and performance in disposing cases, and without admitting new cases, the
Judiciary requires 3 years to clear all the pending cases in the courts.
Specifically, the High Court requires 13 years, the Magistrates’ Courts
requires 2 and a half years and Kadhis’ Courts requires 2 years to clear the
pending cases. Given these scenarios, there is need for innovative measures to
expedite disposition of cases. According to the report, one of the main reasons
for the large caseload in the courts is inadequate personnel. As at July 2014,
the Judiciary had a human resource complement of 4,536 comprising 7 Supreme
Court judges, 29 Court of Appeal Judges, 96 High Court Judges, 497 Magistrates/Kadhis
and 3,904 judicial staff (The Judiciary of Kenya, 2015a).

These challenges were further
compounded by the absence of a system by which performance could be measured in
the Judiciary like other public institutions. Previous attempts at measurement
and evaluation of performance have been unstructured with limited impact on
performance and accountability (Mbugua, 2012).

Consequently, in January 2013,
Mutunga established a committee to develop a performance management system for
the judiciary. Previously, courts submitted monthly statistics on the number of
cases heard, Ngugi said, but “we needed a tool that can give more information.”
To provide the data necessary to evaluate court stations’ and individual
judicial officers’ performance, the committee and Performance Management
Directorate developed a new case tracking tool. After nearly three years of
consultations with judicial officers and testing, the directorate released the
final version of the tool, known as the Daily Court Returns Template, in October
2015 (The Judiciary of Kenya, 2015a).

The template included information
about each active case, the judicial officer responsible for it, and the dates
it had moved from each step in the process to the next. As a case progressed
from filing to judgment, the Performance Management Directorate (DCRT) could
track how long each step took and if it had exceeded specified timelines.
Information about the type of case also facilitated analysis of workloads,
because a simple plea in a disorderly-conduct case required far less time and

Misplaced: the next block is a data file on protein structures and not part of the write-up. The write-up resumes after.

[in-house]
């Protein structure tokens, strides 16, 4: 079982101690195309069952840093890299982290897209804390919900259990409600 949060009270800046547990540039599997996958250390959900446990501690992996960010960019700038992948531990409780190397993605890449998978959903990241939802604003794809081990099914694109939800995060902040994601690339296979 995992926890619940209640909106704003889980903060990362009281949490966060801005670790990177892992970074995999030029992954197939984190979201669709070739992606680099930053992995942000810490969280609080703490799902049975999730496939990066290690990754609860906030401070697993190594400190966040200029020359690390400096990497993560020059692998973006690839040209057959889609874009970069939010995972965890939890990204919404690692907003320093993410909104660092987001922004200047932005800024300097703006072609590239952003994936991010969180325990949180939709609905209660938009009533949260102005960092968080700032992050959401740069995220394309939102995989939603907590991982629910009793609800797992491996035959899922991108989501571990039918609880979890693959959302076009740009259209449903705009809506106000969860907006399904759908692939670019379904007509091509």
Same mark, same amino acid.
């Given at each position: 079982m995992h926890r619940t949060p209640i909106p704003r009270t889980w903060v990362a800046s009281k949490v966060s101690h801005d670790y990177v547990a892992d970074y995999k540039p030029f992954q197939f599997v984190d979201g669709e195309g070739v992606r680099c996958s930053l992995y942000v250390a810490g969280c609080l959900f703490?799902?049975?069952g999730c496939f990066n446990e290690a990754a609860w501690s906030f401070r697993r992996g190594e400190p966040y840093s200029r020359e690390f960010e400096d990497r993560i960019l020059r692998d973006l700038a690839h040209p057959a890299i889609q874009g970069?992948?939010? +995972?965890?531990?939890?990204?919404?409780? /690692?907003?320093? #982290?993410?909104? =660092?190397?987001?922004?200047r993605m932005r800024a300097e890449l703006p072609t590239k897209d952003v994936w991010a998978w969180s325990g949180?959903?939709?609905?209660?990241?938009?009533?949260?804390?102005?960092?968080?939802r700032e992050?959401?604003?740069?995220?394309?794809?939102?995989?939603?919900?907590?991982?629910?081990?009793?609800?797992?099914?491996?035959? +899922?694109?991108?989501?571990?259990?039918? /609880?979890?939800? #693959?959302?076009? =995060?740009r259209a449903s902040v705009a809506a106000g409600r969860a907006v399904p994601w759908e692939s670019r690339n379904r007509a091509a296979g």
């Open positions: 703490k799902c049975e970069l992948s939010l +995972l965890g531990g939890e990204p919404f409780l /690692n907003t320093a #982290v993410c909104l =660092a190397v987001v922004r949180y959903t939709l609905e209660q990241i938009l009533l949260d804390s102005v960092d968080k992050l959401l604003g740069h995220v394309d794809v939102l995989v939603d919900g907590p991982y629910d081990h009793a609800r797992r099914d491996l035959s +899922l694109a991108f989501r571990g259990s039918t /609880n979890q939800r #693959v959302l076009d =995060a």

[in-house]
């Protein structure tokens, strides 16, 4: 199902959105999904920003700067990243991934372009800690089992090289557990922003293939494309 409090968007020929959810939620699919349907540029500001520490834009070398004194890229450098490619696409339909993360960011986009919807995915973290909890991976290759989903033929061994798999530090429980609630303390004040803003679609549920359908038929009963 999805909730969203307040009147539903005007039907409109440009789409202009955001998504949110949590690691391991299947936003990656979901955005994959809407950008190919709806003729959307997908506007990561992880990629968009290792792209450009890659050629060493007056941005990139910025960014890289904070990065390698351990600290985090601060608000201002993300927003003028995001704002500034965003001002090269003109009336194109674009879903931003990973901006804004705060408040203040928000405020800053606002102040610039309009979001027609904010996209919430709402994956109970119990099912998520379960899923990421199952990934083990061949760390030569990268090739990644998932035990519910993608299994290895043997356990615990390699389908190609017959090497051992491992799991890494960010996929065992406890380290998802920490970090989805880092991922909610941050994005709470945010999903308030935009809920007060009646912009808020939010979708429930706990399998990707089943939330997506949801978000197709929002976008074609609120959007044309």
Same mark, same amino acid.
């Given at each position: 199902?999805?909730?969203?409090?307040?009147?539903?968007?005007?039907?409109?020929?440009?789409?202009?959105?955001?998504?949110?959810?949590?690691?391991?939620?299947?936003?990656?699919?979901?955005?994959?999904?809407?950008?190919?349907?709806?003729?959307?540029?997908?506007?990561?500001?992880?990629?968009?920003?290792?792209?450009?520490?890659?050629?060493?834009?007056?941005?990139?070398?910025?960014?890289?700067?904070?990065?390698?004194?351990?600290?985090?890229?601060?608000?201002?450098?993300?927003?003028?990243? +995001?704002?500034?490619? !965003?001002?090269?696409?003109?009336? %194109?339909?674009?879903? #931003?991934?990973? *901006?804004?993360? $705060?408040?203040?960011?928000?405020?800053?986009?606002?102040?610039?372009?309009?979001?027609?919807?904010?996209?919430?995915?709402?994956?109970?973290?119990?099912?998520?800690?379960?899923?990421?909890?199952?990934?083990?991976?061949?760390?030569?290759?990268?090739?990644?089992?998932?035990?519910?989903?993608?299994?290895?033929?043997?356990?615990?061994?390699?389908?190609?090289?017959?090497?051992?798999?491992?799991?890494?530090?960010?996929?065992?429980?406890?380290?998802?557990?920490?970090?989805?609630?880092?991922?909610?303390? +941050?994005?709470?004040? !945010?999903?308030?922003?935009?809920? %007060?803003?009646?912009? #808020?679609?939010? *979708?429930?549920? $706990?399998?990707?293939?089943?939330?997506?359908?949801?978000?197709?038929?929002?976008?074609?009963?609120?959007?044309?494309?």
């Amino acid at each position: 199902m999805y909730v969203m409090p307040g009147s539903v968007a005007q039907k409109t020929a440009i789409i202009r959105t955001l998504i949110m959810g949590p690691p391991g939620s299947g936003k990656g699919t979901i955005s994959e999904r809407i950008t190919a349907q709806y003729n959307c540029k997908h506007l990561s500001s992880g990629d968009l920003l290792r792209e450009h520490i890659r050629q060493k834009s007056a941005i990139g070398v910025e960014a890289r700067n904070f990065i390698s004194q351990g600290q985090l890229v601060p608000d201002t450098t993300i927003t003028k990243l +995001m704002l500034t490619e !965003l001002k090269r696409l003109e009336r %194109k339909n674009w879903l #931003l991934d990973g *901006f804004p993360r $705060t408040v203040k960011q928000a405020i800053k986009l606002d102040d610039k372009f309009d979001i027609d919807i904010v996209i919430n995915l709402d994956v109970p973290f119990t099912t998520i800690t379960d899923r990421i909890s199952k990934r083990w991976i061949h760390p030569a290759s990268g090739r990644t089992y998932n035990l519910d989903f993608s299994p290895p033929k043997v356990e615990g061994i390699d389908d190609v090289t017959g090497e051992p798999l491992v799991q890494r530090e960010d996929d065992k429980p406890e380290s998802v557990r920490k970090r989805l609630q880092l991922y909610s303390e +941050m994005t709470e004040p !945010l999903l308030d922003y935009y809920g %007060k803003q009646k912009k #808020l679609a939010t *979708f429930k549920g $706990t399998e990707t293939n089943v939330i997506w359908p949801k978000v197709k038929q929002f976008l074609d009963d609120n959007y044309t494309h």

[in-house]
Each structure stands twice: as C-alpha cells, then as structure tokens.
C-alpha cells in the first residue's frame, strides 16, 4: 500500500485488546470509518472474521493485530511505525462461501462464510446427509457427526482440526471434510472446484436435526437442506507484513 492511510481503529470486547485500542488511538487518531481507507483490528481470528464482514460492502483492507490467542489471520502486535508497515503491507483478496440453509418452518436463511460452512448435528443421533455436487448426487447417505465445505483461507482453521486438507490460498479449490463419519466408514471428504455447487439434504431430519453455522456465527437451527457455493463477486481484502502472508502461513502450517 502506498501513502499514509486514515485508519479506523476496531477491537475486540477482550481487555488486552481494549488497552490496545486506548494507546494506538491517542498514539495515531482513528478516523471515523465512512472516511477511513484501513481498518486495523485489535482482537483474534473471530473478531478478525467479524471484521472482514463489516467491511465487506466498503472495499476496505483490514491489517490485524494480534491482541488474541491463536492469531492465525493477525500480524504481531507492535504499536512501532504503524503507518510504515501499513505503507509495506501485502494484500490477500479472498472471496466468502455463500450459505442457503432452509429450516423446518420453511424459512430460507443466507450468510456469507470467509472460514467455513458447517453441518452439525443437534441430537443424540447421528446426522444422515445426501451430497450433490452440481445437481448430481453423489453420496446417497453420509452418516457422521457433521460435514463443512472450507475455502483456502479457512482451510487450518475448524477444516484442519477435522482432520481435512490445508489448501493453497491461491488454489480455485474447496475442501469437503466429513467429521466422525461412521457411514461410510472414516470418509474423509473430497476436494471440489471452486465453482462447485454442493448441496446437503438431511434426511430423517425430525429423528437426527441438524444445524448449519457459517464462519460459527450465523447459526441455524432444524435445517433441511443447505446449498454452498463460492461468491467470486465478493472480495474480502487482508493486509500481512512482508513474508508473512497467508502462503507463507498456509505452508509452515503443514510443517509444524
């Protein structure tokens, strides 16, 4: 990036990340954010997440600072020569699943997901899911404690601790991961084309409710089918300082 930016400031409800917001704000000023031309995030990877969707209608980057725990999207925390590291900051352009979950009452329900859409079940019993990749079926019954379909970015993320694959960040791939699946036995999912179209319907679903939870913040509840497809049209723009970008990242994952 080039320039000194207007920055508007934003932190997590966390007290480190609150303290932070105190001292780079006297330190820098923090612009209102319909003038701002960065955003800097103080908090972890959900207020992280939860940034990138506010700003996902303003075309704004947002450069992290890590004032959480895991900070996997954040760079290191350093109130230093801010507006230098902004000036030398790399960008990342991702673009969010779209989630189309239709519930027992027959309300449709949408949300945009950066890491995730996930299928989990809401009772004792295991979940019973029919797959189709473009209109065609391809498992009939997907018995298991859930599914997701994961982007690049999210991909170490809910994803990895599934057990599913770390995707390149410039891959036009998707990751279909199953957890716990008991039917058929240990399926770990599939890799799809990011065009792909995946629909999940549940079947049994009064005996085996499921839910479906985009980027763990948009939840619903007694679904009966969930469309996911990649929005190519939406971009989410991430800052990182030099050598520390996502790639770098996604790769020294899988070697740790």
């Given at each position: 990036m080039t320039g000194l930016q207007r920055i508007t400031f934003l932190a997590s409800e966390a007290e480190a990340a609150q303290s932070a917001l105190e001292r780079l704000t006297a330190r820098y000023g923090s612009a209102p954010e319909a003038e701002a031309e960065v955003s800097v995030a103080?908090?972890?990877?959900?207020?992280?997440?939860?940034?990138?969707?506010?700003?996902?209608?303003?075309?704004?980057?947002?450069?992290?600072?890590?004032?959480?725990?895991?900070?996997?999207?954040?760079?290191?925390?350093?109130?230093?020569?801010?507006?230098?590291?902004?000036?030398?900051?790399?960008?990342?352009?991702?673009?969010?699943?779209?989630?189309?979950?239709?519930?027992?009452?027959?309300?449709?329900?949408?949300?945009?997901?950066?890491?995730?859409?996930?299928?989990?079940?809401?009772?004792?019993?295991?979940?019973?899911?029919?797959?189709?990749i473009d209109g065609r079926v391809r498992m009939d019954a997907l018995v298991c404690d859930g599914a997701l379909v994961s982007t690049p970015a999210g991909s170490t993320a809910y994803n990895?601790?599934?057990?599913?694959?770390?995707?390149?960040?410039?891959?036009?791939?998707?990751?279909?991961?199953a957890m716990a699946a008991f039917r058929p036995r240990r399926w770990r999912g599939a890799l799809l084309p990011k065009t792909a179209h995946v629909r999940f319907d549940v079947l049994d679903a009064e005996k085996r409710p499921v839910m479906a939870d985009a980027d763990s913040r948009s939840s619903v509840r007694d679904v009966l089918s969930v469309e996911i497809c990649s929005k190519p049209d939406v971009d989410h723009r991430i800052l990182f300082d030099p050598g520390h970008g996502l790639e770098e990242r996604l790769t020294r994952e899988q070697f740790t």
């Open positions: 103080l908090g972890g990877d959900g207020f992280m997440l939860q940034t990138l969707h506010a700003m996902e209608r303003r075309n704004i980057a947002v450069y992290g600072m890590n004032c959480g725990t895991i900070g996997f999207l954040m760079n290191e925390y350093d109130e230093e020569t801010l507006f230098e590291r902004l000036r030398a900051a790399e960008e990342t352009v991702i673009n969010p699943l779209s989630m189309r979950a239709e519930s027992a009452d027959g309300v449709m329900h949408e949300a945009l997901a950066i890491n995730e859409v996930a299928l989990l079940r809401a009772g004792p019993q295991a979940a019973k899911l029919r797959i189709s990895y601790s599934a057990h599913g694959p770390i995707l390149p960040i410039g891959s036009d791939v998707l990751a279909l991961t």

effort than a murder case.

Apart from coming up with the DCRT,
the committee was also tasked with; establishing an understanding of
performance management systems in courts; establish an understanding of
performance indicators, targets and measures by judicial officers and staff;
establish an understanding of foundations for sound performance measurement by
Judicial officers and staff; and develop implementation plan for performance
negotiation, vetting, monitoring, evaluation and reporting (The Judiciary of
Kenya, 2015a).

Based on the desk reviews and
experiences from other jurisdictions, the Committee recommended
institutionalization of various court performance measures in the Judiciary.
Among the measures proposed were strategic planning, annual work plans,
performance management and measurement understanding, performance appraisal,
citizens’ service delivery charters, quality management systems, court user and
employee satisfaction surveys as well as performance reporting tools. These
measures have been rolled out gradually from the year 2015 across various
courts in Kenya. The Kisumu High Court has significantly implemented strategic
planning to include annual work plans, performance appraisal to include
sanctions and rewards, quality management systems and performance reporting
tools.

1.2 Statement of the
problem

Judicial
authority is derived from the people of Kenya. Article 159 (2) of the
Constitution provides that in exercising judicial authority, courts and
tribunals ensure that justice shall be
done to all and not be delayed irrespective of status while fostering alternative forms of dispute resolution
including reconciliation, mediation,
arbitration and traditional dispute resolution mechanisms (Constitution of
Kenya, 2010). Moreover, the courts and tribunals should ensure that the purpose and principles of the
Constitution are protected and promoted
while disseminating justice.

After the promulgation of the new
constitution, there was an increased demand by the citizenry for accountability
from public institutions. The Judiciary has in the past been characterised by
inaccessibility and undue delays in dispensing justice, leading to loss of
public trust and confidence despite several endeavours to improve performance.
Since the Judiciary lacked an integrated performance management and measurement
system, there was no way to ascertaining its performance. Several efforts were
made in the past to address these challenges which were instituted either as
part of government-wide reforms, or as internal attempts to institute
performance systems in the Judiciary.

The design and implementation of
Performance Based Management (PBM) by the Performance Management and
Measurement Steering Committee (PMMSC) heralded a new. With sections of the PBM
being implemented in stages, the citizens and entire judiciary had high hopes
of a better efficient judiciary system, the case duration, costs and qualities
were expected to meet the expectation of a rejuvenated system. Today, most
aspects of the PBM have been implemented across courts in Kenya (The Judiciary
of Kenya, 2015b). Notably, the courts under Kisumu high court have been able to
implement major components including strategic planning to include annual work
plans, performance appraisal to include sanctions and rewards, quality
management systems and performance reporting tools (The Judiciary of Kenya,
2017). However, the impact of PBM on judicial service delivery has not been
assessed after the implementation of the system. Moreover, citizens still feel
disgruntled at the rate at which they receive justice as well as the persistent
corruption reported within the corridors of justice. Further, no recent study
has document the impact of various performance based management measures on
service delivery in the judiciary. It is against this background that the
present study seeks to investigate the influence of adoption of performance